It next gathers each marker to the tail of the string - for every \ni match on a line it appends a \newline to the tail of the string and replaces it with with either i or u. If there are 3 \newlines in a row gathered at the tail of the string then it uses the u - else the i. The first time a u is used is also the last - the replacement sets off an infinite loop that boils down to get line, print line, get line, print line, and so on.

At the end of each try loop cycle it cleans up the inserted spaces, prints only up to the first occurring newline in pattern space, and goes again.

I'll add in a look command at the head of the loop like:

l; s/\ni(.* )\n{9}/u\1/...

...and take a look at what it does as it works with this input:

hai this is linux.
hai this is unix.

hai this is mac.
hai this is unchanged is.

...so here's what it does:

 hai this \nis linux. \n$        #behind the scenes
hai this is linux.               #actually printed
 hai this \nis unix. \n\n$       #it builds the marker string
hai this is unix.
  \n\n\n$                        #only for lines matching the

  \n\n\n$                        #pattern - and not otherwise.

 hai this \nis mac. \n\n\n$      #here's the match - 3 ises so far in file.
hai this us mac.                 #printed
hai this is unchanged is.        #no look here - this line is never evaled

It makes more sense maybe with more ises per line:

nthword()(  p='[:punct:]' s='[:space:]'         
    sed -e '1!{/\n/!b' -e\}             \
        -e 's/\(\n*\)\(.*\)/ \2 \1/'    \
        -e "s/$1[$p]\{0,1\}[$s]/\n&/g"  \
        -e "s/\([^$s]\)\n/\1/g;1G;:c"   \
        -e "${dbg+l;}s/\n$1\(.* \)\n\{$3\}/$2\1/" \
        -e '/\n$/!s/\n//g;/\n'"$1/G"    \
        -e "s//$1/;//tc" -e 's/^ \(.*\) /\1/'     \
        -e 'P;$d;N;D'

That's practically the same thing but written w/ POSIX BRE and rudimentary argument handling.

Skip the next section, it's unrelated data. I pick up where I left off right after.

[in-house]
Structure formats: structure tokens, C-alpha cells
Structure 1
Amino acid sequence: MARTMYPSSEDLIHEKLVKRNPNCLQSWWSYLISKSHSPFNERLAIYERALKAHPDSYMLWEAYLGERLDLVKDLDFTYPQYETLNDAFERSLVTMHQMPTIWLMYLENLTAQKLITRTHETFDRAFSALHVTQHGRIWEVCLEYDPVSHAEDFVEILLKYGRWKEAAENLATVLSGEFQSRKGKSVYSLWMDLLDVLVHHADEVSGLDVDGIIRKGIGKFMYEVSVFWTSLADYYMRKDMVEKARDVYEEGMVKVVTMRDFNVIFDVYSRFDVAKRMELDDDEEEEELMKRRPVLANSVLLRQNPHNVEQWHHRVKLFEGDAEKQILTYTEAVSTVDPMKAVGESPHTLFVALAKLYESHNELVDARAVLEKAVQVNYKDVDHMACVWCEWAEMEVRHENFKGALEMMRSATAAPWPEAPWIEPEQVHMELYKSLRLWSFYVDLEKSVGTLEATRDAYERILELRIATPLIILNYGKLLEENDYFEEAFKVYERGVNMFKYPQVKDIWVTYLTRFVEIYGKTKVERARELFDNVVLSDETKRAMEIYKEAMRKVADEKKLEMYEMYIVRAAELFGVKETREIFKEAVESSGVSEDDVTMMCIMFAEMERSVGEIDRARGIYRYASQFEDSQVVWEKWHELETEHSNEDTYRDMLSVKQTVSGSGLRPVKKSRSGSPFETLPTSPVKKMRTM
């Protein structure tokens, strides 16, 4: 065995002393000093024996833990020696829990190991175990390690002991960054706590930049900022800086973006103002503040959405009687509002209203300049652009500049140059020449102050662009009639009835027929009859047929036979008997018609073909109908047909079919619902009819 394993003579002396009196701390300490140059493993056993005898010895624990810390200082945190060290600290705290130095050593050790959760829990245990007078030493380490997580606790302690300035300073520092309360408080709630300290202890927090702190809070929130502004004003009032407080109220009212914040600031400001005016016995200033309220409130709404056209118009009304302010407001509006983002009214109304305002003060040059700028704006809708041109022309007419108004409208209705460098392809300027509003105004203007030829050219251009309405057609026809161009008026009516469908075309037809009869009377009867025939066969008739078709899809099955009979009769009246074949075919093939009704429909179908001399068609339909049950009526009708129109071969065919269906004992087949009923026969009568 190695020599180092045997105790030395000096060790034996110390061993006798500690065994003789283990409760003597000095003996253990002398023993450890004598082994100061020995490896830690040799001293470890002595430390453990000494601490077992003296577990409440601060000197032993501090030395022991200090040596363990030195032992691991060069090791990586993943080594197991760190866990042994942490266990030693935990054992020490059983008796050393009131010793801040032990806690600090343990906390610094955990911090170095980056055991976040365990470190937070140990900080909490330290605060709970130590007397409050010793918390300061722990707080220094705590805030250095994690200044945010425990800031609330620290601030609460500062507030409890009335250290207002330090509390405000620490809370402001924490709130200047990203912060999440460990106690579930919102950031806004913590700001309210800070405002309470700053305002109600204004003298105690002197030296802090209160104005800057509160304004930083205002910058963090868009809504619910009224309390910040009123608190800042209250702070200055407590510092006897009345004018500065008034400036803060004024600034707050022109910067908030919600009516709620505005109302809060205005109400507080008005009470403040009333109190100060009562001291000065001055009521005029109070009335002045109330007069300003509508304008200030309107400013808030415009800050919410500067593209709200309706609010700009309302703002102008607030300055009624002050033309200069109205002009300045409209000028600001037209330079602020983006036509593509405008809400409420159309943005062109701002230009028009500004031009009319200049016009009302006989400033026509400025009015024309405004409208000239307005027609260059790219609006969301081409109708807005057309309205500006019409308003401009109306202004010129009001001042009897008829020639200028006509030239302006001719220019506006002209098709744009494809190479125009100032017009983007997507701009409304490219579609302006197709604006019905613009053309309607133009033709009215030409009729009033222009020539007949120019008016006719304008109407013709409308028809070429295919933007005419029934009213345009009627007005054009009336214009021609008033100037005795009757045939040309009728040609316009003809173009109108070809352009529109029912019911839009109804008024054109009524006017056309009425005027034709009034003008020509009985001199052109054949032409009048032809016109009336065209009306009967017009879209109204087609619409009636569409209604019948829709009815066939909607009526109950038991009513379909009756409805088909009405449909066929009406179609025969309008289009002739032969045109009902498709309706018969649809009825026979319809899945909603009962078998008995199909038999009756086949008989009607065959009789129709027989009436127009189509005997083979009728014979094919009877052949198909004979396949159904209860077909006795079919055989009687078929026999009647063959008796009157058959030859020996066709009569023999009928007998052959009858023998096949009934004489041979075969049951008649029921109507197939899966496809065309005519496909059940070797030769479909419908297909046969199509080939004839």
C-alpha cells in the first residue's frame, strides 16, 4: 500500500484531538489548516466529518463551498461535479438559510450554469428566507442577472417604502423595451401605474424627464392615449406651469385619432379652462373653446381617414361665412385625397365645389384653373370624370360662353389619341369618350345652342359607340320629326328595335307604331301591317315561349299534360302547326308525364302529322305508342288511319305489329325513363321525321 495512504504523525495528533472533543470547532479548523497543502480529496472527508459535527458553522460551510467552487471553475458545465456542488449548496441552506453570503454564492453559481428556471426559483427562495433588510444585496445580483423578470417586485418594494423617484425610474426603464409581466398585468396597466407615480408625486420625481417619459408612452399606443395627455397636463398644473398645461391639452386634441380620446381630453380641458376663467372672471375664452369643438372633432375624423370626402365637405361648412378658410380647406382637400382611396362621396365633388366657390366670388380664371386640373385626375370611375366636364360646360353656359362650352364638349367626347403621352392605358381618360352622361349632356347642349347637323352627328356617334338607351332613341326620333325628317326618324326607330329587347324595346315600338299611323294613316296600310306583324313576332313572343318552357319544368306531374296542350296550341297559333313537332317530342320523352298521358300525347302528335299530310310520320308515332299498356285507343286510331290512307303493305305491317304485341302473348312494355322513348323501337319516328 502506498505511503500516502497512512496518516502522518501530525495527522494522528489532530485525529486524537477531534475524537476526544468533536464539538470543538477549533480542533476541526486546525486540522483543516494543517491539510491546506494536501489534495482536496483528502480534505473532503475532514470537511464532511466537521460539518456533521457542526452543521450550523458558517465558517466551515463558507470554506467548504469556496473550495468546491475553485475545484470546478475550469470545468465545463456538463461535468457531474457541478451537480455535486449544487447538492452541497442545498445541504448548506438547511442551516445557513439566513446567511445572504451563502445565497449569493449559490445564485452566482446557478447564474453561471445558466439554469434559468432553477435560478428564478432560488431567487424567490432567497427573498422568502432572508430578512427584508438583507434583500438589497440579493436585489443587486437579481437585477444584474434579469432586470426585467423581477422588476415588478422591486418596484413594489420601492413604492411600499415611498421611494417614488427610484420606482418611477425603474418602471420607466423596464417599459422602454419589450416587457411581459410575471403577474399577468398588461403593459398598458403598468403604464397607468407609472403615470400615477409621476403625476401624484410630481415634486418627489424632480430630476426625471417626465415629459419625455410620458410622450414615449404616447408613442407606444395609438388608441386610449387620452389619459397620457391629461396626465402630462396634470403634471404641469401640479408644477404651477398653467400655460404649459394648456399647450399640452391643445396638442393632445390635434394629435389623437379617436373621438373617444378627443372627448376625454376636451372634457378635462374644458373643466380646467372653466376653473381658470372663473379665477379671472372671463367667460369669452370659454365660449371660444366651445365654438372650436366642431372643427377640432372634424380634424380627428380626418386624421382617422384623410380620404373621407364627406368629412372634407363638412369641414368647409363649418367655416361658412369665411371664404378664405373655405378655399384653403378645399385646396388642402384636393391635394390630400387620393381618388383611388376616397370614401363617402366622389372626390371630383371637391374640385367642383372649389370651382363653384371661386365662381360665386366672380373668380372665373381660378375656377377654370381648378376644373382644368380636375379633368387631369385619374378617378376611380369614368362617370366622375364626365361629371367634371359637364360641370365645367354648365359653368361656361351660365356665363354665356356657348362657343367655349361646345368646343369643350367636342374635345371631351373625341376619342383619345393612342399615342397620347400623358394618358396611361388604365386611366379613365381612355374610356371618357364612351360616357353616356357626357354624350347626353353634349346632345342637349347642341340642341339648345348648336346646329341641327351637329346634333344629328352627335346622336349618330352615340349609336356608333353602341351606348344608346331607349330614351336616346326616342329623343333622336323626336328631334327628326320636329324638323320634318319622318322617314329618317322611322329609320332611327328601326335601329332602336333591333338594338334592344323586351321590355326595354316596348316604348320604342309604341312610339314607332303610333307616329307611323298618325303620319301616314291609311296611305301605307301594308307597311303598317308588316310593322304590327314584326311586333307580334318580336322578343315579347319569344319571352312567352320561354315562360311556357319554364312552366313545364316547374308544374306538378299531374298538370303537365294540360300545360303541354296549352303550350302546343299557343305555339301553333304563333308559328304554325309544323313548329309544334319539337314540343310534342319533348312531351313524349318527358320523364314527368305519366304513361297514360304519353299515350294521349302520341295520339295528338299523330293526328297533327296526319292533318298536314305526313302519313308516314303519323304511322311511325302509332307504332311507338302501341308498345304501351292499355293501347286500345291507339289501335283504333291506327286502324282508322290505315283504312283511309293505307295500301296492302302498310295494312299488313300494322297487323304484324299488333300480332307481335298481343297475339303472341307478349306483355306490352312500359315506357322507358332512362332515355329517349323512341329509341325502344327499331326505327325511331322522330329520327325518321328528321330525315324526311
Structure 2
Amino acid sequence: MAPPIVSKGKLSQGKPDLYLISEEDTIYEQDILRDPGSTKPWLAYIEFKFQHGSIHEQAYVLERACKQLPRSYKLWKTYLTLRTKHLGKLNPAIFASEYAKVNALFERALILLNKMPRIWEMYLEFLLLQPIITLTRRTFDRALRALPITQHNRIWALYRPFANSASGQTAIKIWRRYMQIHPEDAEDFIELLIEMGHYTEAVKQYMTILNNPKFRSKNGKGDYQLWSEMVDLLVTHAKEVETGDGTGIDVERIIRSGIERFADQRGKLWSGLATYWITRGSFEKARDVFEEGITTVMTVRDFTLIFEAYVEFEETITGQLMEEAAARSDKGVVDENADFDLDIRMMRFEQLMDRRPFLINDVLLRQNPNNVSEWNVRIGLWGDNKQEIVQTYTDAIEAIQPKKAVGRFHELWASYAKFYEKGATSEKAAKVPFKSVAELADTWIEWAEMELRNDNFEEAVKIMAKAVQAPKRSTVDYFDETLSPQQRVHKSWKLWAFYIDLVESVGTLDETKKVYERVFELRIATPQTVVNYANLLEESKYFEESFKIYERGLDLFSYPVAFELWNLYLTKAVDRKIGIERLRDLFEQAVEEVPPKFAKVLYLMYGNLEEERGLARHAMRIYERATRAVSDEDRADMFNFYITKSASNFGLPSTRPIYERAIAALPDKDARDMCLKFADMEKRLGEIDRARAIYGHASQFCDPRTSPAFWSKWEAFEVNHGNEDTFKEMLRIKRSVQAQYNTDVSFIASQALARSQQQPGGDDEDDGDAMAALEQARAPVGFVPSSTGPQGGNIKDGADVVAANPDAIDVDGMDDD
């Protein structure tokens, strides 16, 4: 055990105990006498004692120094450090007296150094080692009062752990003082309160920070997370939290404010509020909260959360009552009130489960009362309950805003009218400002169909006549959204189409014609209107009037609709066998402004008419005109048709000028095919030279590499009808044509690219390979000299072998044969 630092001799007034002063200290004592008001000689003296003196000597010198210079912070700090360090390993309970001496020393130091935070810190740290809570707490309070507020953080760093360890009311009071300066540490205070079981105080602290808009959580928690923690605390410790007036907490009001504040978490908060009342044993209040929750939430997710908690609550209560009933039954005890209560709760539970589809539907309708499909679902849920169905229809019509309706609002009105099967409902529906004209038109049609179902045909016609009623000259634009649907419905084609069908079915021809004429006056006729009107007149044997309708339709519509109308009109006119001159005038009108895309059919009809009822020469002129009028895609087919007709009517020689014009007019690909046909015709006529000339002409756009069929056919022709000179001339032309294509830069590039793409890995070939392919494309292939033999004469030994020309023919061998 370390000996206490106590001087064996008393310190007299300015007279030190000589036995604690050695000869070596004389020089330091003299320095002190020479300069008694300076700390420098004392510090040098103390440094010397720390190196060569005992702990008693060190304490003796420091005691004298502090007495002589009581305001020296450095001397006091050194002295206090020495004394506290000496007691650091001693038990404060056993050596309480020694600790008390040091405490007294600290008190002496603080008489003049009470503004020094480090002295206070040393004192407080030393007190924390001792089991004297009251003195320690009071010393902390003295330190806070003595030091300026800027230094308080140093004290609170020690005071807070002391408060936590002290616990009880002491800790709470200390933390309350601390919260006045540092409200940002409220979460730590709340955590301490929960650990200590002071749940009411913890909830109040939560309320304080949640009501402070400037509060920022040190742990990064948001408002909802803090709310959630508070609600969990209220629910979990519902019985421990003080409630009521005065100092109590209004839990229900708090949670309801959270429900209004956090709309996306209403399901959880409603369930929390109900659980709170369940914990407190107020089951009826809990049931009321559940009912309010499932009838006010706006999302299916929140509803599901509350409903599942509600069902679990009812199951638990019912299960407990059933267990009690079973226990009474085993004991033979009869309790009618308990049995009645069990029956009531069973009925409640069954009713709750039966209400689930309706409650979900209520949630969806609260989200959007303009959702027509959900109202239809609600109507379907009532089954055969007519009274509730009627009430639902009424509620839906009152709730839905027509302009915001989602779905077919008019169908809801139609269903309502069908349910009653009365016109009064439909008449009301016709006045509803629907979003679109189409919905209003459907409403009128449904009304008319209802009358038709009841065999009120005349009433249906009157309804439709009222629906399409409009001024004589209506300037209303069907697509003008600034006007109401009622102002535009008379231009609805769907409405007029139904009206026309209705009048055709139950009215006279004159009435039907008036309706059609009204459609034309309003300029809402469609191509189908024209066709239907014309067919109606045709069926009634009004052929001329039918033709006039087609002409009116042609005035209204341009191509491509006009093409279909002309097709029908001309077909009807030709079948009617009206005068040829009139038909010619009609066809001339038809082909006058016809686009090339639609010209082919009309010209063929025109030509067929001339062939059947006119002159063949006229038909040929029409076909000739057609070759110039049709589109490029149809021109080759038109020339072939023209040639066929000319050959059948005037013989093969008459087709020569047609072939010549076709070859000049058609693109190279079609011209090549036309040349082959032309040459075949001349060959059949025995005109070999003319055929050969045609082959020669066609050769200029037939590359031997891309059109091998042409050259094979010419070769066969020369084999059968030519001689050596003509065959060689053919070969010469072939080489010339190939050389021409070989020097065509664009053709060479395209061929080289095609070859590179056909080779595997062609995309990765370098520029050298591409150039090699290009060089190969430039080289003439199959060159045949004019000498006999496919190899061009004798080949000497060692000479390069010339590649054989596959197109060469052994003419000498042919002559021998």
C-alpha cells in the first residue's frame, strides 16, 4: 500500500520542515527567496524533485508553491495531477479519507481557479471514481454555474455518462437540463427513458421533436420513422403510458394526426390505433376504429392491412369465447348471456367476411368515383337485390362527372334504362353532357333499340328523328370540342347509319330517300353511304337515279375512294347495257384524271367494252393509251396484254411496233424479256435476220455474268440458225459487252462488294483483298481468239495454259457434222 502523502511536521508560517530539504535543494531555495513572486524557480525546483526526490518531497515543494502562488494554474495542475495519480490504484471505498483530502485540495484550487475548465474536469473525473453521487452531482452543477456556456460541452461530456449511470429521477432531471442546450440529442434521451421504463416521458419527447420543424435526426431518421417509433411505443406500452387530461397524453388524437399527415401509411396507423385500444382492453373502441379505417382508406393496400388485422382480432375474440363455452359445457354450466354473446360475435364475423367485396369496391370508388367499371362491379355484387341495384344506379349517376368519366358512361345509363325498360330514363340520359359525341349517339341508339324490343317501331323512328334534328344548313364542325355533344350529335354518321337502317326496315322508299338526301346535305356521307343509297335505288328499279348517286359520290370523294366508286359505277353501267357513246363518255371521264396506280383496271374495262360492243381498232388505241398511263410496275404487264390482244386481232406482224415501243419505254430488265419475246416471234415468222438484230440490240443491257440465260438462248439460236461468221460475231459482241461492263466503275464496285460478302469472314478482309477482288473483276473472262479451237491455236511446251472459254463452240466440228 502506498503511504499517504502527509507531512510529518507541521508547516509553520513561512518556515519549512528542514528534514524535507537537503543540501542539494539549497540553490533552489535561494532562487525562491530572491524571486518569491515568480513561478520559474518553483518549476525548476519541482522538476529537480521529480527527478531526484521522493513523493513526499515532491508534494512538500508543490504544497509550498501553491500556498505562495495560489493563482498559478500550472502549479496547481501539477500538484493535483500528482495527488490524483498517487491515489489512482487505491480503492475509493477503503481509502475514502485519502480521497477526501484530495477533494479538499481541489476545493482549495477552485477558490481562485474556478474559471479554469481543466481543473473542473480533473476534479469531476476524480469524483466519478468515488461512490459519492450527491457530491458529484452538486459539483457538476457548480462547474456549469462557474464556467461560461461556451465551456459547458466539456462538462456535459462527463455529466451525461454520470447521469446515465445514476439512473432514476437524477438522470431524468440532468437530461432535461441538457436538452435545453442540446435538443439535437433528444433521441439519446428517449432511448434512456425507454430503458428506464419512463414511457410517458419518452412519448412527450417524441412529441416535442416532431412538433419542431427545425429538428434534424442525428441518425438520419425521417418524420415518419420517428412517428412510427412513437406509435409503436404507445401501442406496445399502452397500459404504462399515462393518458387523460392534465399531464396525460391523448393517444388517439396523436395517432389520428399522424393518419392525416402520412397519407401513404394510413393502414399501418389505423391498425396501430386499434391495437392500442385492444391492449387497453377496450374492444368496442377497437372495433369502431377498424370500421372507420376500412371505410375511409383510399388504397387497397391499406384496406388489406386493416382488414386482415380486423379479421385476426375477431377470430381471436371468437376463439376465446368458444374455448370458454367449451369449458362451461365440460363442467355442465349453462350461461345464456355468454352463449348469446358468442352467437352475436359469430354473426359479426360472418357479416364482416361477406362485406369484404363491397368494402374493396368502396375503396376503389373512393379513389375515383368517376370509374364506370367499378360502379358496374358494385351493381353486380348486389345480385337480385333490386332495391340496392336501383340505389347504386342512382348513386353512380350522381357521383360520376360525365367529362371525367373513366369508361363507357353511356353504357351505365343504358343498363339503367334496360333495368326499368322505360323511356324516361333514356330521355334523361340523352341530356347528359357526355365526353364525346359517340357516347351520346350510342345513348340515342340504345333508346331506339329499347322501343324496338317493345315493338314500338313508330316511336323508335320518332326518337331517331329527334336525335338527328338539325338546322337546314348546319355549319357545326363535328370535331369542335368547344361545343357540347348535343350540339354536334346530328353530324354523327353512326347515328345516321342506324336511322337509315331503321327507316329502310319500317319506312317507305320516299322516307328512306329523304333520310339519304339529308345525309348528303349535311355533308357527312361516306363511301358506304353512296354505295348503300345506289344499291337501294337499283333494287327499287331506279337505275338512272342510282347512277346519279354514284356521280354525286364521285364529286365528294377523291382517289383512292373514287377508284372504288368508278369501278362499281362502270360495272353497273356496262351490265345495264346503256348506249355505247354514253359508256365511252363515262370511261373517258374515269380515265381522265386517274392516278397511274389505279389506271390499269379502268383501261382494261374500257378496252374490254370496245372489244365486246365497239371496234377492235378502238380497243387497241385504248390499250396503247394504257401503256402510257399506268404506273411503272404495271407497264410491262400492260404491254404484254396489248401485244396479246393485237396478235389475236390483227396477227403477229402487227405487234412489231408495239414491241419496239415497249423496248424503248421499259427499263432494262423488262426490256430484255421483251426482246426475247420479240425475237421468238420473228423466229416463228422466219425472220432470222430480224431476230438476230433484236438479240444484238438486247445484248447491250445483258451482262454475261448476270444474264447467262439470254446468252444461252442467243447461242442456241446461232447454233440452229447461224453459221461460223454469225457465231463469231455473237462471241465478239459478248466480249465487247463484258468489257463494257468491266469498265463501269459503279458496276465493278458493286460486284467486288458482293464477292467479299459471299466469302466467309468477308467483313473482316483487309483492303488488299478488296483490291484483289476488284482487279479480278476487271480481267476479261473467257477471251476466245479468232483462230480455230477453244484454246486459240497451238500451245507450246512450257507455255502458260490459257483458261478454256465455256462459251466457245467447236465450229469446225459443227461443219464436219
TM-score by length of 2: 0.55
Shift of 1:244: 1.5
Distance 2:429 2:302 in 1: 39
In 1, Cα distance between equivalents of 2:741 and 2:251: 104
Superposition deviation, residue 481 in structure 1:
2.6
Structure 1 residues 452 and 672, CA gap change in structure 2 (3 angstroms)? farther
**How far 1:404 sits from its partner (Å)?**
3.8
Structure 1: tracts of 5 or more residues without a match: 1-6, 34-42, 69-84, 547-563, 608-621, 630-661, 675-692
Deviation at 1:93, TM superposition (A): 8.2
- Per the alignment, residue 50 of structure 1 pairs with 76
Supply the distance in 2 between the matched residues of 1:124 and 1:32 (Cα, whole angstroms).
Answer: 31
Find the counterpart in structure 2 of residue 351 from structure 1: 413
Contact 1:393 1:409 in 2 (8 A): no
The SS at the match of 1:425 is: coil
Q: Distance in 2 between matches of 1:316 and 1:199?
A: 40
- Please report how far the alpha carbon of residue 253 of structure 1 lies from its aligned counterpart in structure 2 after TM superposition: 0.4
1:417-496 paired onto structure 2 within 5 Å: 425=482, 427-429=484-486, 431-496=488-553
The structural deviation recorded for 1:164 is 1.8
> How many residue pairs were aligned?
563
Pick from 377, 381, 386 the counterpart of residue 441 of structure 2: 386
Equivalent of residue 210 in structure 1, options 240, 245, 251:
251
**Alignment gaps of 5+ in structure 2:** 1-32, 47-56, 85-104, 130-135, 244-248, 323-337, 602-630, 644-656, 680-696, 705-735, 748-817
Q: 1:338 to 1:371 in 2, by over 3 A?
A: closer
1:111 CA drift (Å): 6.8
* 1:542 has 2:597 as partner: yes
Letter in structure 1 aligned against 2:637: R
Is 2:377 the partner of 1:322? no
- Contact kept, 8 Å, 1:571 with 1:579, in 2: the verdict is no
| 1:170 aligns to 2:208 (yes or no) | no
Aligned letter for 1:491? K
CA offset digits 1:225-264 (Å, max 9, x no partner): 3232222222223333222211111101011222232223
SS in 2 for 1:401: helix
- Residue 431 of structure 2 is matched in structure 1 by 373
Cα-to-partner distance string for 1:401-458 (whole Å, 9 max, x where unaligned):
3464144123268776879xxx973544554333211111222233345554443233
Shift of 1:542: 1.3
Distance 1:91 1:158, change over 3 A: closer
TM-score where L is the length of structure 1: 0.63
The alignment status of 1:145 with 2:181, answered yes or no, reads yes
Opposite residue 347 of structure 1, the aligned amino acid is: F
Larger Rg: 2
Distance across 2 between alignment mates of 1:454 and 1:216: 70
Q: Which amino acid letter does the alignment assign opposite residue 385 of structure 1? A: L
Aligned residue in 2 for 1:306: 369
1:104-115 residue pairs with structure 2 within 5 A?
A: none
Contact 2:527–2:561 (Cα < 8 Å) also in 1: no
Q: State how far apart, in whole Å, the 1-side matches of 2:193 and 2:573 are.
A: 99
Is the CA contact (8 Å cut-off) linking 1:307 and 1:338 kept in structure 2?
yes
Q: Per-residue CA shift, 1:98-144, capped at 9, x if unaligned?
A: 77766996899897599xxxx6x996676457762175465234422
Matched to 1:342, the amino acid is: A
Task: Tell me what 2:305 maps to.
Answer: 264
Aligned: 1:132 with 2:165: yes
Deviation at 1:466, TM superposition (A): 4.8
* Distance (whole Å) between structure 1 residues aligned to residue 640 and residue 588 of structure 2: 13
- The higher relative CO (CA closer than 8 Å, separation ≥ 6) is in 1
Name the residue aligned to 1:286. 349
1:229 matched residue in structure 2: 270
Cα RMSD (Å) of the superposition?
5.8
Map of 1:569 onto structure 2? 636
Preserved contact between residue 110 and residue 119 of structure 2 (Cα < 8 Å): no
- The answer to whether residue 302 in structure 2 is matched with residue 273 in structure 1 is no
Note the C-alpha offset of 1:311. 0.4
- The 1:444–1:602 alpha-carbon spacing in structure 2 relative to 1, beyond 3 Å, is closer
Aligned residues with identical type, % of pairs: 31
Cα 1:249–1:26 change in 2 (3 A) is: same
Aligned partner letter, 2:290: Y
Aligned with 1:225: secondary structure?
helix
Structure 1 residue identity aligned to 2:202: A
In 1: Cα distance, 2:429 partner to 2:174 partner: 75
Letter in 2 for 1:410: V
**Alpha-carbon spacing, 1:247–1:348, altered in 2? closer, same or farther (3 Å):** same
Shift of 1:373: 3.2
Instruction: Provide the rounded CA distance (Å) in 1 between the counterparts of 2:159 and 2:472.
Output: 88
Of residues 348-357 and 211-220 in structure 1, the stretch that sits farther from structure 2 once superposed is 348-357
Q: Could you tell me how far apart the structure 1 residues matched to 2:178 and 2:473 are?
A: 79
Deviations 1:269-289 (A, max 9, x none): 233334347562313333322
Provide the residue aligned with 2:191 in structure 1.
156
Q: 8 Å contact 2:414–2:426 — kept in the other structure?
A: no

printf 'is is. is? this is%.0s\n' {1..4}  | nthword is us 12


is is. is? this is
is is. is? this is
is is. is? this us
is is. is? this is

...and if I enable ${dbg}:

printf 'is is. is? this is%.0s\n' {1..4}  | 
dbg=1 nthword is us 12

...we can watch it iterate...

 \nis \nis. \nis? this \nis \n$
 is \nis. \nis? this \nis \n\n$
 is is. \nis? this \nis \n\n\n$
 is is. is? this \nis \n\n\n\n$
is is. is? this is
 \nis \nis. \nis? this \nis \n\n\n\n\n$
 is \nis. \nis? this \nis \n\n\n\n\n\n$
 is is. \nis? this \nis \n\n\n\n\n\n\n$
 is is. is? this \nis \n\n\n\n\n\n\n\n$
is is. is? this is
 \nis \nis. \nis? this \nis \n\n\n\n\n\n\n\n\n$
 is \nis. \nis? this \nis \n\n\n\n\n\n\n\n\n\n$
 is is. \nis? this \nis \n\n\n\n\n\n\n\n\n\n\n$
 is is. is? this \nis \n\n\n\n\n\n\n\n\n\n\n\n$
is is. is? this us
is is. is? this is
  • Did you realize your example says "isis"?
    – flarn2006
    Nov 1, 2016 at 21:26
  • @flarn2006 - im pretty sure it says is is.
    – mikeserv
    Nov 2, 2016 at 2:57

Here's a logical solution that uses sed and tr but must be written in a script for it to work. The code below replaces every 3rd occurrence of the word specified in the sed command. Replace i=3 with i=n to make this work for any n.


# replace new lines with '^' character to get everything onto a single line
tr '\n' '^' < input.txt > output.txt

# count number of occurrences of the word to be replaced
num=`grep -o "apple" "output.txt" | wc -l`

# in successive iterations, replace the i + (n-1)th occurrence
while [ $i -le $num ]
    sed -i '' "s/apple/lemon/${i}" 'output.txt'
    i=$(( i + (n-1) ))

# replace the '^' back to new line character
tr '^' '\n' < output.txt > tmp && mv tmp output.txt

Why this works:

Suppose the text file is a b b b b a c a d a b b b a b e b z b s b a b.

  • When n = 2: we want to replace every second occurrence of b.

    • a b b b b a c a d a b b b a b e b z b s b a b
      . . ^ . ^ . . . . . . ^ . . ^ . . . ^ . ^ . ^
    • First we replace the 2nd occurrence, then the 3rd occurrence, then the 4th, 5th, and so on. Count in the sequence shown above to see this for yourself.
  • When n = 3: we want to replace every third occurrence of b.

    • a b b b b a c a d a b b b a b e b z b s b a b
      . . . ^ . . . . . . . ^ . . . . ^ . . . . . ^
    • First we replace the 3rd occurrence, then the 5th, then the 7th, 9th, 11th, and so on.
  • When n = 4: we want to replace every third occurrence of b.

    • First we replace the 4th occurrence, then 7th, then 10th, 13th, and so on.

Use sed with -z option to define the occurrence you want to replace.

sed -i -z "s/is/us/3" pom.xml your.file
  • 1
    (1) You are allowed to copy a solution that somebody else already posted as a comment, and post it as an answer, but you should (a) give credit to the original author, (b) add something, like an explanation, or, ideally, both.  (2) What is pom.xml? Nov 8, 2022 at 3:27